West Nile Virus
About West Nile Virus
Although mosquito-borne disease is rare in Illinois, mosquitoes can carry at least three encephalitis viruses that can cause human disease. In 2001, West Nile virus (WNV) was detected for the first time in Illinois in birds, horses, and mosquitoes. West Nile virus causes encephalitis primarily in older adults.
Encephalitis is an inflammation of the brain that can be caused by arboviruses (viruses carried by arthropods, such as mosquitoes and ticks) or by other types of viruses. In Illinois, arboviruses are primarily transmitted to humans by the bites of infected mosquitoes. Most individuals who are bitten by an infected mosquito will experience no symptoms of the disease or will have only very mild symptoms. Approximately 1 to 2 percent will develop recognizable symptoms. Some persons may have mild symptoms, such as a fever and headache. Severe infection may cause rapid onset of severe headache, high fever, muscle aches, stiffness in the back of the neck, problems with muscle coordination, disorientation, convulsions and coma. Symptoms usually occur 5 to 15 days after the bite of an infected mosquito. Not all viruses that cause encephalitis are carried by mosquitoes.
Frequently Asked Questions about West Nile Virus:
How can I help protect my family and myself from mosquitoes and the diseases they may carry?
During the summer, mosquitoes can develop in any standing water that lasts more than 7 to 10 days. Consequently, you can begin protecting your family from mosquitoes by reducing the amount of standing water available for mosquito breeding around your home:
Dispose of discarded tires, cans, plastic containers, ceramic pots or other unused similar water-holding containers that have accumulated on your property. Do not overlook containers that have become overgrown by vegetation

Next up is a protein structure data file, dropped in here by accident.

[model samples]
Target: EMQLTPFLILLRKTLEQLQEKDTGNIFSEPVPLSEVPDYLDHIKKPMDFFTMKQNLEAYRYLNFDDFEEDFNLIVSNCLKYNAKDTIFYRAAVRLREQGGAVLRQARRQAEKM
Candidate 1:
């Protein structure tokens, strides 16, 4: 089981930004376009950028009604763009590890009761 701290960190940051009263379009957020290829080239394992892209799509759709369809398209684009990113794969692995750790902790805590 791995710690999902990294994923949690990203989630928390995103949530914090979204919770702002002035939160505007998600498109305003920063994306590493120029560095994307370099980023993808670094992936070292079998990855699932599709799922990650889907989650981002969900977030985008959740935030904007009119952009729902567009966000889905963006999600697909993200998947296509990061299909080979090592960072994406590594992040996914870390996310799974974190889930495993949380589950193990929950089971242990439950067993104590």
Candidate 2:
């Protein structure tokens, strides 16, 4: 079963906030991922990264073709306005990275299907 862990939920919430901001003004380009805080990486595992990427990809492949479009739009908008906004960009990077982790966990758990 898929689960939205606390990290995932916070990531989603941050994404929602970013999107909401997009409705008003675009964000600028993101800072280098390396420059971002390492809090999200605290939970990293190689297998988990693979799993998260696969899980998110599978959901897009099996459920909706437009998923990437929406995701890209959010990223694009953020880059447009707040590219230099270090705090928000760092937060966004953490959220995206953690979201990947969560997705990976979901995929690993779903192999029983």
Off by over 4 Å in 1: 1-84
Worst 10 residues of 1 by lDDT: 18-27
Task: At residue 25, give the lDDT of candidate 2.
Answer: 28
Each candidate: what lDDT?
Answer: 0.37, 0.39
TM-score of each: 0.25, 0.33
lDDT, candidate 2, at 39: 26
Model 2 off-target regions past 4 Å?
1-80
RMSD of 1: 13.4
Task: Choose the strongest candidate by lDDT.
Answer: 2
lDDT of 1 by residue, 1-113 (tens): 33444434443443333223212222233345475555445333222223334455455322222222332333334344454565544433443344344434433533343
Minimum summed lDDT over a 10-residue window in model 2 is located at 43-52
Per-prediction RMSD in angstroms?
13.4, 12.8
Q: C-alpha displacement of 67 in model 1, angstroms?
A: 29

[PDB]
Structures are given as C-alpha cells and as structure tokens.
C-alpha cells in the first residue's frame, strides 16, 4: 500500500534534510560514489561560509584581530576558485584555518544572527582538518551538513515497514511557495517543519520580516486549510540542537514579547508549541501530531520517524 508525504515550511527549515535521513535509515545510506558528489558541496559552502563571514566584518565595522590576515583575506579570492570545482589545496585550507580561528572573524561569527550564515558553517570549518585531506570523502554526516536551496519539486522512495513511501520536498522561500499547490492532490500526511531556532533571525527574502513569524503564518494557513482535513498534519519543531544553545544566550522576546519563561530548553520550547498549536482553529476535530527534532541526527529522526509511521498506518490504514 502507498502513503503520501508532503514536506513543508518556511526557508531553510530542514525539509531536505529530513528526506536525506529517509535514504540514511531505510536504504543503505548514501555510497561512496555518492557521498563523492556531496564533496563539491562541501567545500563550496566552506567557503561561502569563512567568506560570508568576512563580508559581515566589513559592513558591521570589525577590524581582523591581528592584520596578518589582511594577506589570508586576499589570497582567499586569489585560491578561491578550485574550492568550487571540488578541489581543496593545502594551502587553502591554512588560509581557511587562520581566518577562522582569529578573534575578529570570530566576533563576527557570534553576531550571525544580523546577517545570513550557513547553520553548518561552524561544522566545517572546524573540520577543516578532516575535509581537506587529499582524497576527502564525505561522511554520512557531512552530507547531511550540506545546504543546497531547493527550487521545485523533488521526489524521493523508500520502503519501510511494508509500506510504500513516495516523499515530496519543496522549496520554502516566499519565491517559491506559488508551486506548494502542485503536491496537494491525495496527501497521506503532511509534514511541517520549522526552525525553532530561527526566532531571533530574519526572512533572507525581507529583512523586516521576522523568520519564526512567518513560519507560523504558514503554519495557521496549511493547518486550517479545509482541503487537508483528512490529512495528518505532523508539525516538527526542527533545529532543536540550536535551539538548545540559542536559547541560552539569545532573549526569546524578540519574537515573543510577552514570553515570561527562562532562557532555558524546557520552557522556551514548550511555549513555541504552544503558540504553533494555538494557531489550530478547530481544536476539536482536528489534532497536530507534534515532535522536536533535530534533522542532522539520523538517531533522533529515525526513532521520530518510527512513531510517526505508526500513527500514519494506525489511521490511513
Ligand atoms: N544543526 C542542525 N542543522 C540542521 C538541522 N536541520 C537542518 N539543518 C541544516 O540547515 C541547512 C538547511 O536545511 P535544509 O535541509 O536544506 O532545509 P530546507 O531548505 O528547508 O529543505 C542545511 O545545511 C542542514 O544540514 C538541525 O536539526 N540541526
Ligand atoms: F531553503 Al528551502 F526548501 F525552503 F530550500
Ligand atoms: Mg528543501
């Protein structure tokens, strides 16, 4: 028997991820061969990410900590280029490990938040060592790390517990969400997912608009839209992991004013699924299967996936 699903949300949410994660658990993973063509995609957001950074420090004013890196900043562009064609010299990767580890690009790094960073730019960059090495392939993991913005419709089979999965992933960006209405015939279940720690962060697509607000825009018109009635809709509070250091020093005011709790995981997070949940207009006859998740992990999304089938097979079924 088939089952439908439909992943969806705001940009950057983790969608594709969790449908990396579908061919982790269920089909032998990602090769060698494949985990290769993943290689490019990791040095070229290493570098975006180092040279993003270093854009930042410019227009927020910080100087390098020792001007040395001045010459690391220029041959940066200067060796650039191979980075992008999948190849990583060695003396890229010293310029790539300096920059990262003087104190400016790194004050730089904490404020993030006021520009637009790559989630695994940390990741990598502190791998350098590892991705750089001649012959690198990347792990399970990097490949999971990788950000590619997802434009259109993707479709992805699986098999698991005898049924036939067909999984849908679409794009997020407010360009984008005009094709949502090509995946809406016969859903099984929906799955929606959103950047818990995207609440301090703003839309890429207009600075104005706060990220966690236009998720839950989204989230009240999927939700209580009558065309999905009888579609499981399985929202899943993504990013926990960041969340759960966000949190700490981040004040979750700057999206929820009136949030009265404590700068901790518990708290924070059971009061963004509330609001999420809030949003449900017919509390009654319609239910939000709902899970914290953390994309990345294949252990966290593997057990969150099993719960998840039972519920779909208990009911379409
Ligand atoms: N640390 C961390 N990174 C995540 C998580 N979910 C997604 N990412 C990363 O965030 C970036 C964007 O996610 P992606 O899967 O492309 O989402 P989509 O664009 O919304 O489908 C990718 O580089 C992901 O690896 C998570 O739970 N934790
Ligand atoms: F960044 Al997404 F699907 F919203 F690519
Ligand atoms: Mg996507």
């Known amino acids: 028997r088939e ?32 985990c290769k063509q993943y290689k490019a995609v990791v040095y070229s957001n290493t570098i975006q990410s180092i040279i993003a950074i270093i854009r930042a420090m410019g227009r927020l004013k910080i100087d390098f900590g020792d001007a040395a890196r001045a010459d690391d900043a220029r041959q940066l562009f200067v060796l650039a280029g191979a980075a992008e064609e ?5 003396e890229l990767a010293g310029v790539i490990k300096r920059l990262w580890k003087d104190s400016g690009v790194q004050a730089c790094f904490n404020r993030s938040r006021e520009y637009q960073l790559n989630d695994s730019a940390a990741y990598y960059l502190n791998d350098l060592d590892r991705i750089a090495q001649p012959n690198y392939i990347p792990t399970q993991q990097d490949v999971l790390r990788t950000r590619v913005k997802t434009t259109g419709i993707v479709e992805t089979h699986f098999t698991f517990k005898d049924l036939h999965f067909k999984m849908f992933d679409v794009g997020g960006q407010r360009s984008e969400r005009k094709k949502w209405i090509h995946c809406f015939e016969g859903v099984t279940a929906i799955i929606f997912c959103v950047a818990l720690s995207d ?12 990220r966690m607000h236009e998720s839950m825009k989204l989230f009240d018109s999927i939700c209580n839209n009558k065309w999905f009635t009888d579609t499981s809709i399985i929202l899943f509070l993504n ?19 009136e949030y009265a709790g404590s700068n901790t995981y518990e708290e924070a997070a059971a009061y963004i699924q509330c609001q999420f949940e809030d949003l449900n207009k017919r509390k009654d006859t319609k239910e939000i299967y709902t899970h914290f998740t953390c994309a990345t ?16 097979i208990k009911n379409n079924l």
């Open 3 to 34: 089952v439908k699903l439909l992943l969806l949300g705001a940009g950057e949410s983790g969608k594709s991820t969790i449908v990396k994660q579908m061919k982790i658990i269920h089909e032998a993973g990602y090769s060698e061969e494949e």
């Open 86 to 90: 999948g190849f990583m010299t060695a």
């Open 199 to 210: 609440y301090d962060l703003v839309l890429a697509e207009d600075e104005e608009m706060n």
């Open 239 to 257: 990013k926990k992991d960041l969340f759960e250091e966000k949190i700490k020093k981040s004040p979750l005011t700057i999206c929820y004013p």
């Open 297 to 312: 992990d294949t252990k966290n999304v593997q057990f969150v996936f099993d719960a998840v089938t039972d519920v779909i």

At least once per week, empty standing water from containers on your property, such as tire swings, or bird baths.
Fill in tree rot holes and hollow stumps that hold water.
Drill holes in the bottom of recycling containers that are left outdoors. Drainage holes drilled in the sides of containers allow sufficient water to collect in which mosquitoes may breed.
Clean clogged roof gutters, particularly if the leaves from surrounding trees have a tendency to plug up the drains. Flooded roof gutters are easily overlooked but can produce hundreds of mosquitoes each season.
Turn over plastic wading pools when not in use. A wading pool becomes a mosquito producer if it is not used on a regular basis.
Turn over wheelbarrows and do not allow water to stagnate in bird baths. Change water in bird baths and wading pools on a weekly basis.
Store boats covered or upside down, or remove rainwater weekly.
Aerate ornamental pools or stock them with fish. Water gardens are fashionable but become major mosquito producers if they are allowed to stagnate.
Clean and chlorinate swimming pools that are not being used. A swimming pool that is left untended by a family that goes on vacation for a month can produce enough mosquitoes to result in neighborhood-wide complaints. Be aware that mosquitoes may breed in the water that collects on swimming pool covers.
Keep drains, ditches and culverts free of grass clippings, weeds and trash so water will drain properly.
Fill in low areas on your property to eliminate standing water. Ponds or streams where fish are present or the water is disturbed by current or wave action do not produce many mosquitoes.
Report possible mosquito breeding sites to your local mosquito control agency if one exists in your community.
Should we stay indoors?
It is not necessary to limit outdoor activities unless there is evidence of mosquito-borne disease in your area. However, you can, and should, try to reduce the risk of being bitten by mosquitoes.
Minimize time spent outdoors between dusk and dawn when mosquitoes are most active.
Be sure door and window screens are tight-fitting and in good repair.
Wear shoes, socks, long pants and a long-sleeved shirt when outdoors for long periods of time, or when mosquitoes are most active. Clothing should be light colored and made of tightly woven materials to keep mosquitoes away from the skin.